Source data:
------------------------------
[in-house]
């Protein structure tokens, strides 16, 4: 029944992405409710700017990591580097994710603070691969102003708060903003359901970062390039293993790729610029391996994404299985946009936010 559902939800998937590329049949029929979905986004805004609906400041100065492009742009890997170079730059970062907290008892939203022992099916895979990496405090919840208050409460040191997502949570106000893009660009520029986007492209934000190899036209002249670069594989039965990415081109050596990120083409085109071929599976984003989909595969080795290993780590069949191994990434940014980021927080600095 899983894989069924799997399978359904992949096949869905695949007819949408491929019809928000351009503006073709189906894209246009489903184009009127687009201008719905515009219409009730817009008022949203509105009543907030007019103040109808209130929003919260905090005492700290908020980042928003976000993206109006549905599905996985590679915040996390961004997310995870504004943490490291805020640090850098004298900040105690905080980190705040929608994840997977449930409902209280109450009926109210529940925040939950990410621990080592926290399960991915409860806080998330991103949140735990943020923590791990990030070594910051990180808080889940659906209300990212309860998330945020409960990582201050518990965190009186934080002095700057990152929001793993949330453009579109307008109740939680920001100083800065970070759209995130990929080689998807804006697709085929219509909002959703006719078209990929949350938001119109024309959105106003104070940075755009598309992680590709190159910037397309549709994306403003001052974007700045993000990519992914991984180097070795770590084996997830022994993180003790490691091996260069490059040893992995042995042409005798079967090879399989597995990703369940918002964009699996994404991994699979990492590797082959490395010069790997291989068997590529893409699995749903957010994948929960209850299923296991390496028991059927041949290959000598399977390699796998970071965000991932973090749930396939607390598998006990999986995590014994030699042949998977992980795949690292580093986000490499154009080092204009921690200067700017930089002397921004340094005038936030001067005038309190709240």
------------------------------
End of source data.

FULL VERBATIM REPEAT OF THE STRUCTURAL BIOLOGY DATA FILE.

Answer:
[in-house]
């Protein structure tokens, strides 16, 4: 029944992405409710700017990591580097994710603070691969102003708060903003359901970062390039293993790729610029391996994404299985946009936010 559902939800998937590329049949029929979905986004805004609906400041100065492009742009890997170079730059970062907290008892939203022992099916895979990496405090919840208050409460040191997502949570106000893009660009520029986007492209934000190899036209002249670069594989039965990415081109050596990120083409085109071929599976984003989909595969080795290993780590069949191994990434940014980021927080600095 899983894989069924799997399978359904992949096949869905695949007819949408491929019809928000351009503006073709189906894209246009489903184009009127687009201008719905515009219409009730817009008022949203509105009543907030007019103040109808209130929003919260905090005492700290908020980042928003976000993206109006549905599905996985590679915040996390961004997310995870504004943490490291805020640090850098004298900040105690905080980190705040929608994840997977449930409902209280109450009926109210529940925040939950990410621990080592926290399960991915409860806080998330991103949140735990943020923590791990990030070594910051990180808080889940659906209300990212309860998330945020409960990582201050518990965190009186934080002095700057990152929001793993949330453009579109307008109740939680920001100083800065970070759209995130990929080689998807804006697709085929219509909002959703006719078209990929949350938001119109024309959105106003104070940075755009598309992680590709190159910037397309549709994306403003001052974007700045993000990519992914991984180097070795770590084996997830022994993180003790490691091996260069490059040893992995042995042409005798079967090879399989597995990703369940918002964009699996994404991994699979990492590797082959490395010069790997291989068997590529893409699995749903957010994948929960209850299923296991390496028991059927041949290959000598399977390699796998970071965000991932973090749930396939607390598998006990999986995590014994030699042949998977992980795949690292580093986000490499154009080092204009921690200067700017930089002397921004340094005038936030001067005038309190709240």